THE FUTURE OF SINGLE PLAYER GAMES
Are single-player video games really dying? A few years ago all the so-called industry experts were predicting its death and the development of online-only multiplayer games surged. However, a few years later in retrospect, the poster-child failures of Evolve, and to a lesser degree Titanfall and Star Wars: Battlefront, points to a major disconnect between these developers and the people who play their games. Obviously, the creators did not expect their games to fail so quickly post release and given that these titles won all sorts of critical awards and received high praise in graphics and design, that leaves something vastly wrong with their assessment of what gamers really want. When you're talking millions of dollars in production costs, that's one serious miscalculation. Although the newest gen games can be very pretty to look at and use all the latest, greatest technology, eye candy is fleeting whereas the age-old aspects of what makes people tick is not. A sure fire formula for a quick demise is this trend toward lack of enough content on Triple AAA priced releases, price-gouging on DLC, lack of options, unstable servers and most importantly of all, failing to keep the player emotionally invested. As to advertised single-player modes, many of them are generally just challenge maps and not story-driven campaigns. Add to that list that although social networking plays a big role in today's gaming, to bet the farm on this one aspect is to turn a blind eye to many gamers who just don't want to be connected to other people day and night, nor play with total strangers in what is often a toxic environment.
Although some people would scoff at Call of Duty as an example of a winning formula that encompasses both modes, you can't argue with commercial success, although they too have been fumbling around with this in recent years. Single-player and multiplayer offer two very different emotional experiences and people want strong contenders in both modes. The typical argument has been that users don't play the single-player content and therefore it's a waste of resources to develop it. However, this assessment may be intentionally disingenuous or may not be based on good analyses. When primarily single-player games toss in under-developed multiplayer modes, they die quickly and perhaps the opposite is true. Multiplayer games with tacked on poor single-player modes, could result in the same effect and lead to the conclusion that people don't play these. There's also an underlying psychology to consumer mentality and perhaps the most glaring example of a failure to recognize this is a game called The Flock. It's premise of a world population that depletes until no one can play it was an unique idea that went horribly wrong. Every player death contributes to the reduction of a set number of spawns until the game dries up and becomes obsolete. One of the justifications for this premise was that most multiplayer games dry up anyway. Although it's no more than a statement of fact that most multiplayer games will eventually die, to hard code this into a game with a price tag was not wise and was doomed to fail. What's more worrisome is that the developers had zero understanding of the psychology behind planned obsolescence. Many consumers do not want to pay good money for games that don't give them the option of replaying them at some point down the road, or games that are unplayable if the servers are down, or worse, if they are officially shut down. It's immaterial whether gamers will play them or not, they want that option to remain open regardless.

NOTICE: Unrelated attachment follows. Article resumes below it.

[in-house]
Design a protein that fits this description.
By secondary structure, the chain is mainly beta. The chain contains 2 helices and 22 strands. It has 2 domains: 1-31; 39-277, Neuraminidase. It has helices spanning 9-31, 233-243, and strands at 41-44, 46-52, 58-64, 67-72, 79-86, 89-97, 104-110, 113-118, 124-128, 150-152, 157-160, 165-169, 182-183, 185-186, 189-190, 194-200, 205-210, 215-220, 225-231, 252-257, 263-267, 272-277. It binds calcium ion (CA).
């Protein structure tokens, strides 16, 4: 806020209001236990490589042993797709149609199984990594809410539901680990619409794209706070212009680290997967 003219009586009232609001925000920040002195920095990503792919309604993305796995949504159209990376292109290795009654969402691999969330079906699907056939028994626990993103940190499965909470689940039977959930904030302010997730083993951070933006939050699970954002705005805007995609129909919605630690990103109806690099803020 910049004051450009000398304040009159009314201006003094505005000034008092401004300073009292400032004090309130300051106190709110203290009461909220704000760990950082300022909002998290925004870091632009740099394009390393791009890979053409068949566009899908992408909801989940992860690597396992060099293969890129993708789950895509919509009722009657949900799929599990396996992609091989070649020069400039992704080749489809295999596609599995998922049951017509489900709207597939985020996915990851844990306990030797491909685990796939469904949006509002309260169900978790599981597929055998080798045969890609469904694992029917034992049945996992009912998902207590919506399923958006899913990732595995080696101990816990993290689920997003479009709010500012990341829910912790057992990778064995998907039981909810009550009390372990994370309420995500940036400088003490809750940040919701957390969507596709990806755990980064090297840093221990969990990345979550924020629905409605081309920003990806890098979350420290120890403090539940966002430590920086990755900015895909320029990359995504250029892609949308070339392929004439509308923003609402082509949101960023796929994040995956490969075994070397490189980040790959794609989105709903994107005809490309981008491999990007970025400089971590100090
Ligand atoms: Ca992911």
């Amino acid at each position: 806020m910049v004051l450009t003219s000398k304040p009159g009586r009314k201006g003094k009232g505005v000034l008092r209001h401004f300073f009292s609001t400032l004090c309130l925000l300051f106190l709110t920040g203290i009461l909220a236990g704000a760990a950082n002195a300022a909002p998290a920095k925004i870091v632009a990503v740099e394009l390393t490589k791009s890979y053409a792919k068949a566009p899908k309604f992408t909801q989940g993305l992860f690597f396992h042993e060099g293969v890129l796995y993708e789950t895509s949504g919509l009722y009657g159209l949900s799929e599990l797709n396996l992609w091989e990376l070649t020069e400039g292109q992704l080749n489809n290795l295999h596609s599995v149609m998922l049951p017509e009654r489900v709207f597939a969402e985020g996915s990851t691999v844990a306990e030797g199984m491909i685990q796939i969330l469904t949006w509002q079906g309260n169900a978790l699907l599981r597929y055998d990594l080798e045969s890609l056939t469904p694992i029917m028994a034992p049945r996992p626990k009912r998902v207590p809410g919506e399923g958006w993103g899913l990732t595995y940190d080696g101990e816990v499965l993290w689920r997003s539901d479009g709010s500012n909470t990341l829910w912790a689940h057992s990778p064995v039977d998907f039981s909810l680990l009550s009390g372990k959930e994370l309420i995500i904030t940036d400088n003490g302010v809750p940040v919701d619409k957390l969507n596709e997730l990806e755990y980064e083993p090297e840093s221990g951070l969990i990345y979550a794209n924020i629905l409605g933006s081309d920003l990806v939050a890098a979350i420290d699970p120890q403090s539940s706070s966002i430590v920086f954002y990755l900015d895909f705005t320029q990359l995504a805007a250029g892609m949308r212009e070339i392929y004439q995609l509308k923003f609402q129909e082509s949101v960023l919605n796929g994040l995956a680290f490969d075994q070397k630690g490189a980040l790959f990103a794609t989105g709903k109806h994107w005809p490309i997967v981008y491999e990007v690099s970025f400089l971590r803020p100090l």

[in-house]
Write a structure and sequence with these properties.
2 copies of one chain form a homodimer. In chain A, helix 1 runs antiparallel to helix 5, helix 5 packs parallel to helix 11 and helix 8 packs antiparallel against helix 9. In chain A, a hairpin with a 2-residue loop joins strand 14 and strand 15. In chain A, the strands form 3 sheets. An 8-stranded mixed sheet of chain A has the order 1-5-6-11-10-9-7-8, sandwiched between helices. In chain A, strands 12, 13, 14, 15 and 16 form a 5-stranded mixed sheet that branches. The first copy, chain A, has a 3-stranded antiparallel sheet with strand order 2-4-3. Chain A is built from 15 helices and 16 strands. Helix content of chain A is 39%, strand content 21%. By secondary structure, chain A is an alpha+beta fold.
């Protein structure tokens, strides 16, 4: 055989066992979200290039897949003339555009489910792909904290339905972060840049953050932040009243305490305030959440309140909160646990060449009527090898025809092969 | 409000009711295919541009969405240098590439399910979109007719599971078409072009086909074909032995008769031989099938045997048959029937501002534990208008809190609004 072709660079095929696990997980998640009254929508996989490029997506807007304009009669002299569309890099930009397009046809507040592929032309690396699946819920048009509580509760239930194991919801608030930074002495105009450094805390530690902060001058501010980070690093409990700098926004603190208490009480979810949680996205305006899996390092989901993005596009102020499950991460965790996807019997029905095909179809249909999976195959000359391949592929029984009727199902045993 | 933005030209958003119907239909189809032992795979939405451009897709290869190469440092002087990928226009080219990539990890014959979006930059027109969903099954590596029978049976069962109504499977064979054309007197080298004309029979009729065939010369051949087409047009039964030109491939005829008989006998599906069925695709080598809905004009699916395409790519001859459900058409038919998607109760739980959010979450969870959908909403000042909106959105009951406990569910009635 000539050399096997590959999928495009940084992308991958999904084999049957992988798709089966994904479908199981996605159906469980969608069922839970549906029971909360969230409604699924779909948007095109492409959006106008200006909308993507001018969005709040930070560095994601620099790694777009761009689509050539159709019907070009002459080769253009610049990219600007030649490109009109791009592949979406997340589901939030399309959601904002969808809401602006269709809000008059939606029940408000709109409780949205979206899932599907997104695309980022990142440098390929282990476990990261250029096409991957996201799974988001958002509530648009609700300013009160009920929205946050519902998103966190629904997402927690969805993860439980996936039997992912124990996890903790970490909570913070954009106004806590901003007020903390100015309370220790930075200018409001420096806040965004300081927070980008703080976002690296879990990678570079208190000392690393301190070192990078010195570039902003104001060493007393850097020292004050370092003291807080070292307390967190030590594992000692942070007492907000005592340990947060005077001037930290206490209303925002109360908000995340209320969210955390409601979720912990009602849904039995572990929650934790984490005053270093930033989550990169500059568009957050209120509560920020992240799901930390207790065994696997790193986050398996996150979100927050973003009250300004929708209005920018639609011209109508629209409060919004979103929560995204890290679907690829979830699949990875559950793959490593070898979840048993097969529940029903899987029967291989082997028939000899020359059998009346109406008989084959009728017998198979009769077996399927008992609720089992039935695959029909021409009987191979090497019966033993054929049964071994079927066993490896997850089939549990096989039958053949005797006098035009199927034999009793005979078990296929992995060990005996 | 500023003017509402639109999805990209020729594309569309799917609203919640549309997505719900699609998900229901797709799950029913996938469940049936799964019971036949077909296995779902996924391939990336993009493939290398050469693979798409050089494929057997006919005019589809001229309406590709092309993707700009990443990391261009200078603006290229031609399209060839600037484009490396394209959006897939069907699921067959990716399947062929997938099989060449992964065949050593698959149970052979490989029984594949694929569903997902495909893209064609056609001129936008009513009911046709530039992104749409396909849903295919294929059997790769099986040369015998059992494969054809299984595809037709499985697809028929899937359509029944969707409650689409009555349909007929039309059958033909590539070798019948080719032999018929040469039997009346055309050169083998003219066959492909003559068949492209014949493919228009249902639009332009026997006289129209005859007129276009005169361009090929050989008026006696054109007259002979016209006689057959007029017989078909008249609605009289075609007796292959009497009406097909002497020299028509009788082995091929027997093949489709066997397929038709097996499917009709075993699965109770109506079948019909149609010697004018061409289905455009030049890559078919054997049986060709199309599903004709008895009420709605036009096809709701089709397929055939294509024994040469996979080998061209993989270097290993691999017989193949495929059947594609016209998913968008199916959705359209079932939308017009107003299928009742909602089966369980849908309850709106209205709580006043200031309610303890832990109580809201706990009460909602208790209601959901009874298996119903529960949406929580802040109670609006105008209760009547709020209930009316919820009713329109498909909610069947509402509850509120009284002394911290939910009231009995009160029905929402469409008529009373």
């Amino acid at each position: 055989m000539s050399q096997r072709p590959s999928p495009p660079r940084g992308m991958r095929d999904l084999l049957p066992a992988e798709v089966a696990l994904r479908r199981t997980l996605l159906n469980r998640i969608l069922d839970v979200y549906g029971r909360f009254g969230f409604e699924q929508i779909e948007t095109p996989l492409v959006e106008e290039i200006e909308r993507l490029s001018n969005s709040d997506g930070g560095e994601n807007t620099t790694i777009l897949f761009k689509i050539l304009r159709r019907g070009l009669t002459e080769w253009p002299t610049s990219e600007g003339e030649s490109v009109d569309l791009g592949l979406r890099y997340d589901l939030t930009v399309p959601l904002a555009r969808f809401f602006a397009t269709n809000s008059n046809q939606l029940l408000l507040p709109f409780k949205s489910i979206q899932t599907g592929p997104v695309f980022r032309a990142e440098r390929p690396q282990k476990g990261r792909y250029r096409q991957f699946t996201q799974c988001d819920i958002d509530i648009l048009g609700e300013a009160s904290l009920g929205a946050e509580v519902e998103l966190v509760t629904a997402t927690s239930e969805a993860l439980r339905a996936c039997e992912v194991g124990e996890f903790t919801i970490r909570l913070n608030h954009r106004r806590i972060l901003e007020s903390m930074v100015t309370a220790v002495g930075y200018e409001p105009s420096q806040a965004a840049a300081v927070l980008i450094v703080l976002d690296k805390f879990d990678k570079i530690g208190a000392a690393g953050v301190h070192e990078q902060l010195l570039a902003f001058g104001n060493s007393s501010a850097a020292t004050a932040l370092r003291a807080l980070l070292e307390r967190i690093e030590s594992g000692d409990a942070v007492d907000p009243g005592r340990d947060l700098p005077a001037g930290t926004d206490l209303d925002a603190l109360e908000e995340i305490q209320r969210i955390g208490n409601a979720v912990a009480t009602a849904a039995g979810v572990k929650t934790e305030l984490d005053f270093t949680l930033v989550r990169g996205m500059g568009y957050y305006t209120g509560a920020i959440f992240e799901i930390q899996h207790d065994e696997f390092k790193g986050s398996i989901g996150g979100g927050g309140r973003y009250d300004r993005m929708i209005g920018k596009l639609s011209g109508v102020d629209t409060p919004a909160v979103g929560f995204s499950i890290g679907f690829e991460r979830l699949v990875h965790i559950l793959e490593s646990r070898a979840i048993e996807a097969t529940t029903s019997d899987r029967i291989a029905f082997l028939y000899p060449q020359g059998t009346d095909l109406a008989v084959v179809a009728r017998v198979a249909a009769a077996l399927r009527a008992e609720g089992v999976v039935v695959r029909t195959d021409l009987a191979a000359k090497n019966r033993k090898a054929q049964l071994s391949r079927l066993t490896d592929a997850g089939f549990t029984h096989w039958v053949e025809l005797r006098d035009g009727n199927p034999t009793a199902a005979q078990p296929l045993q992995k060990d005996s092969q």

Of course, as mentioned above, there are other factors besides the lack of a single player mode that will determine the success or failure of a game, but it's interesting that on this one point, Titanfall 2 and Battlefront 2 are slated to include single-player campaigns, which basically points to an admission that the developers didn't get it right the first time around. However, it remains to be seen just how much effort will be put into the mode. Additionally, as of July 7 2016, Evolve went Free To Play in an attempt to save the game. The next few years should prove interesting as developers and publishers try to figure out how to offer the best of both worlds. Fortunately, some in the industry recognize there is profitable room for diversity and the astonishing success of some single player games released in recent years prove that they won't be dying any time soon.